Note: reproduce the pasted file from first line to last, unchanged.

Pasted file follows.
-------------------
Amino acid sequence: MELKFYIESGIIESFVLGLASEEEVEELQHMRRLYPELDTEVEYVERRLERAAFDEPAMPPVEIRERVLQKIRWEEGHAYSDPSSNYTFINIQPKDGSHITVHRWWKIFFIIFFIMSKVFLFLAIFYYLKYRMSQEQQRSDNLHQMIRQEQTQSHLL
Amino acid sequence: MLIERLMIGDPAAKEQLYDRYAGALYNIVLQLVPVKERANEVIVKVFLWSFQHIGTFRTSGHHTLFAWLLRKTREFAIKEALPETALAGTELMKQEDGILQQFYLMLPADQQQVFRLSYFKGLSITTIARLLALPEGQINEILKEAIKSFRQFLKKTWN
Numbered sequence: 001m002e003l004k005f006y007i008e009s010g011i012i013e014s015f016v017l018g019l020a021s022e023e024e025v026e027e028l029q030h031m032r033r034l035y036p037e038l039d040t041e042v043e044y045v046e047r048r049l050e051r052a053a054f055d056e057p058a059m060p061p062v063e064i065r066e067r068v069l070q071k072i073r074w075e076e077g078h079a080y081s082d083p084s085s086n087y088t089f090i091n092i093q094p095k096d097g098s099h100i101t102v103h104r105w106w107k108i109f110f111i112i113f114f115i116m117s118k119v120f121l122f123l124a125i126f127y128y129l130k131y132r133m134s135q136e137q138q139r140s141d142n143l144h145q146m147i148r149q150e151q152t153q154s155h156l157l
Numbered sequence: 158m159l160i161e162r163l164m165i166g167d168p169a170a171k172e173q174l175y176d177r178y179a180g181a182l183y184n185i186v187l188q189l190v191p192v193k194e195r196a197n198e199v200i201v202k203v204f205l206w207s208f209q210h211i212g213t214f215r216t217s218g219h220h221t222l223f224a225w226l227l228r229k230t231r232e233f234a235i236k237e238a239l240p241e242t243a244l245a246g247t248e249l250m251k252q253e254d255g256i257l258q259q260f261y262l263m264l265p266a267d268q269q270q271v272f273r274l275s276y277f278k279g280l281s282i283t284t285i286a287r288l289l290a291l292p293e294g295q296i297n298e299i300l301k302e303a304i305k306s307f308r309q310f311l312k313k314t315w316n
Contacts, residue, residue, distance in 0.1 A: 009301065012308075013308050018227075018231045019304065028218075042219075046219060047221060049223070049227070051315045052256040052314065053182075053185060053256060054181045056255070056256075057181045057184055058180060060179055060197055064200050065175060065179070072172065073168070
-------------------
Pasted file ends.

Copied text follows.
Amino acid sequence: MELKFYIESGIIESFVLGLASEEEVEELQHMRRLYPELDTEVEYVERRLERAAFDEPAMPPVEIRERVLQKIRWEEGHAYSDPSSNYTFINIQPKDGSHITVHRWWKIFFIIFFIMSKVFLFLAIFYYLKYRMSQEQQRSDNLHQMIRQEQTQSHLL
Amino acid sequence: MLIERLMIGDPAAKEQLYDRYAGALYNIVLQLVPVKERANEVIVKVFLWSFQHIGTFRTSGHHTLFAWLLRKTREFAIKEALPETALAGTELMKQEDGILQQFYLMLPADQQQVFRLSYFKGLSITTIARLLALPEGQINEILKEAIKSFRQFLKKTWN
Numbered sequence: 001m002e003l004k005f006y007i008e009s010g011i012i013e014s015f016v017l018g019l020a021s022e023e024e025v026e027e028l029q030h031m032r033r034l035y036p037e038l039d040t041e042v043e044y045v046e047r048r049l050e051r052a053a054f055d056e057p058a059m060p061p062v063e064i065r066e067r068v069l070q071k072i073r074w075e076e077g078h079a080y081s082d083p084s085s086n087y088t089f090i091n092i093q094p095k096d097g098s099h100i101t102v103h104r105w106w107k108i109f110f111i112i113f114f115i116m117s118k119v120f121l122f123l124a125i126f127y128y129l130k131y132r133m134s135q136e137q138q139r140s141d142n143l144h145q146m147i148r149q150e151q152t153q154s155h156l157l
Numbered sequence: 158m159l160i161e162r163l164m165i166g167d168p169a170a171k172e173q174l175y176d177r178y179a180g181a182l183y184n185i186v187l188q189l190v191p192v193k194e195r196a197n198e199v200i201v202k203v204f205l206w207s208f209q210h211i212g213t214f215r216t217s218g219h220h221t222l223f224a225w226l227l228r229k230t231r232e233f234a235i236k237e238a239l240p241e242t243a244l245a246g247t248e249l250m251k252q253e254d255g256i257l258q259q260f261y262l263m264l265p266a267d268q269q270q271v272f273r274l275s276y277f278k279g280l281s282i283t284t285i286a287r288l289l290a291l292p293e294g295q296i297n298e299i300l301k302e303a304i305k306s307f308r309q310f311l312k313k314t315w316n
Contacts, residue, residue, distance in 0.1 A: 009301065012308075013308050018227075018231045019304065028218075042219075046219060047221060049223070049227070051315045052256040052314065053182075053185060053256060054181045056255070056256075057181045057184055058180060060179055060197055064200050065175060065179070072172065073168070